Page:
Elder statesman of British Diplomacy, Ivor Roberts, has spoken out about the need for diplomats to be able to speak the local language. Now president of Trinity College, Oxford, and former UK Ambassador to Yugoslavia, Ireland, and Italy, Roberts is mostly known for being the Editor of Satow’s Diplomatic Practise, a classic text in the field of diplomacy.
In an opinion article in the UK newspaper, the Guardian, Roberts welcomed the reopening of the British Foreign and Commonwealth Office Language Centre, discussed in my previous post, and described the current situation as 'dire'. He quoted the figure that in 2012 language allowances, only given to those fluent in the local language of their host country, were paid to just 12 out of 1900 serving diplomats.
This situation is perhaps unique to the UK, where the diplomatic service and business alike has too long relied on English as a world language. But in the course of defending his point, Roberts makes some interesting and valuable observations, although most will seem like common sense to many.
Getting outside of the embassy or consulate, and outside of the diplomatic microcosm is a key part of the diplomat’s job. Roberts said, 'A good diplomat needs to have the language skills to communicate and interact with locals on the street. It is not sufficient to be able to speak to the country's leaders.'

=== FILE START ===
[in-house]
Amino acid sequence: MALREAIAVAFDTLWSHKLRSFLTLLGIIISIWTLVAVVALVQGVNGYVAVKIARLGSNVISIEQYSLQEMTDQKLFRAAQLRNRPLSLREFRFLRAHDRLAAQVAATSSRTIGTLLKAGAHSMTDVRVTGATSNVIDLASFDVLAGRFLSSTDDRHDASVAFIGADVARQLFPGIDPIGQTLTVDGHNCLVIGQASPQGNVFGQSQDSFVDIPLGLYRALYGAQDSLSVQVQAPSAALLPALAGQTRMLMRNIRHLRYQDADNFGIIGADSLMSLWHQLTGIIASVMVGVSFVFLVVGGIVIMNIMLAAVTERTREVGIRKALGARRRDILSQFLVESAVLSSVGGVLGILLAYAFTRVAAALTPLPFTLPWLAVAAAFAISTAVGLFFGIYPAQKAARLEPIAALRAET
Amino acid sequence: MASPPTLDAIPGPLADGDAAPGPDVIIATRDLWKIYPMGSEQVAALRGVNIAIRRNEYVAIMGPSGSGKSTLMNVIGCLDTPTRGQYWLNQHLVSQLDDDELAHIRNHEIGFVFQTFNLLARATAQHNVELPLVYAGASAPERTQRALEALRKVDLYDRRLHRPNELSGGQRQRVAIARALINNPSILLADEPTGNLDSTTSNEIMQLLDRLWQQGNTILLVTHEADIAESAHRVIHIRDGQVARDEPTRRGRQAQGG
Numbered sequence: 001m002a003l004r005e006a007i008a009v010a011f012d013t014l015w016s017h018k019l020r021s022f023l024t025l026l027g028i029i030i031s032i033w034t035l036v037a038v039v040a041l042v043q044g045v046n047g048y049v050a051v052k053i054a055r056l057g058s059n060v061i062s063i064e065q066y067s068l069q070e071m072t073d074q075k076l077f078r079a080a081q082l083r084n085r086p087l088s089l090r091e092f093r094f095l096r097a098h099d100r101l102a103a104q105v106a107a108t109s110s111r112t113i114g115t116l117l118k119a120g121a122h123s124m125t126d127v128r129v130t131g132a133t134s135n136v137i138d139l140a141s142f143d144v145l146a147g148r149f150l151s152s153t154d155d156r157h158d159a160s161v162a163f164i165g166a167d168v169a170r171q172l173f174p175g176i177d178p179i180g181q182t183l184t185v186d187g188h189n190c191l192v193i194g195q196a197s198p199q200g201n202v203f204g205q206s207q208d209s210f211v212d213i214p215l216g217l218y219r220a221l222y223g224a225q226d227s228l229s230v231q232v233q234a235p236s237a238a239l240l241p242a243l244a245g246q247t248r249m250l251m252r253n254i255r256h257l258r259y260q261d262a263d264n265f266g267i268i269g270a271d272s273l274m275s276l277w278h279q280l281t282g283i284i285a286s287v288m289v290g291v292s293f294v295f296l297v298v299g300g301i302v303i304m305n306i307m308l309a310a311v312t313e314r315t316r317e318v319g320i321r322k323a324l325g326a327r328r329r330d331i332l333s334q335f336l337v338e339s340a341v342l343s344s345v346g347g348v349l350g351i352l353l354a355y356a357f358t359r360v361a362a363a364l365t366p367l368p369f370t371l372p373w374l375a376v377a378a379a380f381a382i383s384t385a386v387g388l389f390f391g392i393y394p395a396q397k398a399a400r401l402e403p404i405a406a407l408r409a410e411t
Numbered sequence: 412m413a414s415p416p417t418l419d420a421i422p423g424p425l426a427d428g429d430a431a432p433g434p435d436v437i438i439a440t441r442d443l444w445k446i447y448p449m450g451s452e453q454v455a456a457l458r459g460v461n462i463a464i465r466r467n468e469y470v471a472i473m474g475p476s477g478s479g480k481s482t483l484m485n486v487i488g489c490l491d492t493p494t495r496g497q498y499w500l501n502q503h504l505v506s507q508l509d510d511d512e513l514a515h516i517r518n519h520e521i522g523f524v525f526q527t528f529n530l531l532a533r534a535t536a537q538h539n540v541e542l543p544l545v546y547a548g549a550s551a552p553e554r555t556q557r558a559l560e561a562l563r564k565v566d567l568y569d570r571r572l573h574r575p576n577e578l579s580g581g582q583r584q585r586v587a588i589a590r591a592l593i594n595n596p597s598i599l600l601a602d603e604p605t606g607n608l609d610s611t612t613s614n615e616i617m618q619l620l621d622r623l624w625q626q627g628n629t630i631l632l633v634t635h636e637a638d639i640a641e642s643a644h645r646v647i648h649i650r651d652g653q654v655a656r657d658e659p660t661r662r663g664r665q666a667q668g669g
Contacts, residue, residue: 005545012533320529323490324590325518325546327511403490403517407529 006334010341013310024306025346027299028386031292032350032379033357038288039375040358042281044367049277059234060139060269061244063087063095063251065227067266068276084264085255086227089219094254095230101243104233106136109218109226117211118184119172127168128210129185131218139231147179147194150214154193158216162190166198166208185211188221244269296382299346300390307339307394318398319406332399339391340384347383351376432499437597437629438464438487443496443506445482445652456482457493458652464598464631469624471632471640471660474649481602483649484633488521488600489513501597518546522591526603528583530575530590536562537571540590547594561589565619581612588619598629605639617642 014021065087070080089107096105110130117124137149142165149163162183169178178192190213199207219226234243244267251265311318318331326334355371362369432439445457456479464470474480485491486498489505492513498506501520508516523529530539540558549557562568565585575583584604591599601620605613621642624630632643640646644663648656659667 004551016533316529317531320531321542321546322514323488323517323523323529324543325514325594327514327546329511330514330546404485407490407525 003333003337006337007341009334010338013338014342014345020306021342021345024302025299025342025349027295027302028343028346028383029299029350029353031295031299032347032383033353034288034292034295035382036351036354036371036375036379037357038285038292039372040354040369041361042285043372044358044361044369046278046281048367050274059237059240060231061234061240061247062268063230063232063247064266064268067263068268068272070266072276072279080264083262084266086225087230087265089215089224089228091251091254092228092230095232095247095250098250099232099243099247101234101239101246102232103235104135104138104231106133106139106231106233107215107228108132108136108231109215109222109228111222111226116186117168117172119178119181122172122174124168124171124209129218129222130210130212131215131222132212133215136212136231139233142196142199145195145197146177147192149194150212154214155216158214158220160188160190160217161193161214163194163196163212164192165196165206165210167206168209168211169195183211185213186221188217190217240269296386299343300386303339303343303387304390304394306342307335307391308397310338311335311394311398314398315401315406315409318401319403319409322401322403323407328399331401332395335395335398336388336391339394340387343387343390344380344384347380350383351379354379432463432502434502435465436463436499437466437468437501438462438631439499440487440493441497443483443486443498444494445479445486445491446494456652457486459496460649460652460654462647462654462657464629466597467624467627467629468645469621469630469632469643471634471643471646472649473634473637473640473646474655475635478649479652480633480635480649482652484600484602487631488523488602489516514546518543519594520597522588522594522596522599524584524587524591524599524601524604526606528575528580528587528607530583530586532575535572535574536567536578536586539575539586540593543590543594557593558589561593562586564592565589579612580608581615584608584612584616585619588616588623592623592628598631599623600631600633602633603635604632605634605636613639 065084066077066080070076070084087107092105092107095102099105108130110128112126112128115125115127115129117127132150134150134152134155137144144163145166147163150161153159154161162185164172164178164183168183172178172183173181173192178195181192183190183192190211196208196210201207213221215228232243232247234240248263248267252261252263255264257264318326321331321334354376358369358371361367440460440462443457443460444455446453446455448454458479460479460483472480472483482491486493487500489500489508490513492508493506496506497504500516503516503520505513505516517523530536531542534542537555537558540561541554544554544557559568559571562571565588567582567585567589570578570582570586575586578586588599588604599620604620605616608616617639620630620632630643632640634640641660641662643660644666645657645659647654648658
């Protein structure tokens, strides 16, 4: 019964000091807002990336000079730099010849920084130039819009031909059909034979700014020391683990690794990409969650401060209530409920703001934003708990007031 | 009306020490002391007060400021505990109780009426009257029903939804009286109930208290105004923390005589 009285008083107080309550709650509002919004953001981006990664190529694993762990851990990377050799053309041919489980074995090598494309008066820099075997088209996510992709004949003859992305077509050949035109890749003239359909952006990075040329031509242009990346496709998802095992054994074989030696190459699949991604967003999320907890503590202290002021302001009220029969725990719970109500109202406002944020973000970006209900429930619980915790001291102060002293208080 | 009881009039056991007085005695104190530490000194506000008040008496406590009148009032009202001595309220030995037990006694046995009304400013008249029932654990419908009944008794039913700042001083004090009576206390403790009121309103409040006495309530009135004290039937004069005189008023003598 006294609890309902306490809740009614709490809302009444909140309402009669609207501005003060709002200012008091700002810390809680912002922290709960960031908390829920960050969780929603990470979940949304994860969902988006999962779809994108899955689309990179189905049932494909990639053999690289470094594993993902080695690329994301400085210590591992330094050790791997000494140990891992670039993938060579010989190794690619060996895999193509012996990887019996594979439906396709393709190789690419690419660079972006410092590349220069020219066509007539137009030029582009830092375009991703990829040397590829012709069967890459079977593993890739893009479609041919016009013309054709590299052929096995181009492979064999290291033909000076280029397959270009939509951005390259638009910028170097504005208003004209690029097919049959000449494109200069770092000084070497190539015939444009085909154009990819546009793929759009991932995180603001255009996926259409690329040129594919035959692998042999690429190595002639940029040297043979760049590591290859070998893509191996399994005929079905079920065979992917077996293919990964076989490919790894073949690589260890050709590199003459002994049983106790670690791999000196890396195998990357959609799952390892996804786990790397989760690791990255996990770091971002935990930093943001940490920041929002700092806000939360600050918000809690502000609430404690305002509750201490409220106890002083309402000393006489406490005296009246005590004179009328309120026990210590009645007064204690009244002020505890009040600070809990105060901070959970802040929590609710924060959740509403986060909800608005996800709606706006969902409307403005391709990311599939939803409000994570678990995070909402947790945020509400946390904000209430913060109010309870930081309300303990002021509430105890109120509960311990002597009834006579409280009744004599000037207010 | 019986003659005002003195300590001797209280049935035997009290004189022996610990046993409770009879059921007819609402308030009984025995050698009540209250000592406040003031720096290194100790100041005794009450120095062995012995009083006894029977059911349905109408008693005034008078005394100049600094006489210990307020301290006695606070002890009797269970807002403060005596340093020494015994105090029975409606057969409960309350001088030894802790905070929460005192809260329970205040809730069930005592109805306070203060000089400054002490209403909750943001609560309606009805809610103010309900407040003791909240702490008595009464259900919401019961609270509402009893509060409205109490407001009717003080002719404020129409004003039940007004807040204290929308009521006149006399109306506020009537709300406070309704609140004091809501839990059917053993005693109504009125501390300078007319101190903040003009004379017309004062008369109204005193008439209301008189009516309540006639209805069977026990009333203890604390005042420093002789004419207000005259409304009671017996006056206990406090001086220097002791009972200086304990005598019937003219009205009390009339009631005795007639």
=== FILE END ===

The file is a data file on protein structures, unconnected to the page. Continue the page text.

Learning the local language should be essential for diplomats and not taking language skills into consideration as a key factor for promotion and advancement is, as Roberts put it, 'as though an electrician's ability to rewire was not considered a core part of their job'.
Functional local language skills enable a diplomat to interact with ordinary people in everyday situations in their host country. Through this, they can get a better idea of the culture they are working within, and gain a better understanding of public opinion, and the pressure points within that society. This enables them to predict socio-political movements in a way that talking to a host country’s leaders might not.
In his article Roberts went as far as to claim, 'You could … attribute the decline in Arabic as a contributing factor in the Arab Spring', a statement I would love to see explained in more detail. But whatever your interpretation, it is hard to disagree that better Arabic language skills would certainly have aided the international understanding of the Arab Spring.
Diplomacy is a balancing act of listening, interpreting, contextualising, and influencing. Language skills empower diplomats to talk to people at all levels of society, and thereby perform their role more effectively.
Alex Oxborough is Sales and Marketing Executive for language training consultancy and agency, Specialist Language Courses.
A semi-regular guest blogger for DIplo, Alex holds an NCTJ Diploma in Multimedia Journalism and has an active interest in diplomacy and the role it plays in today's world.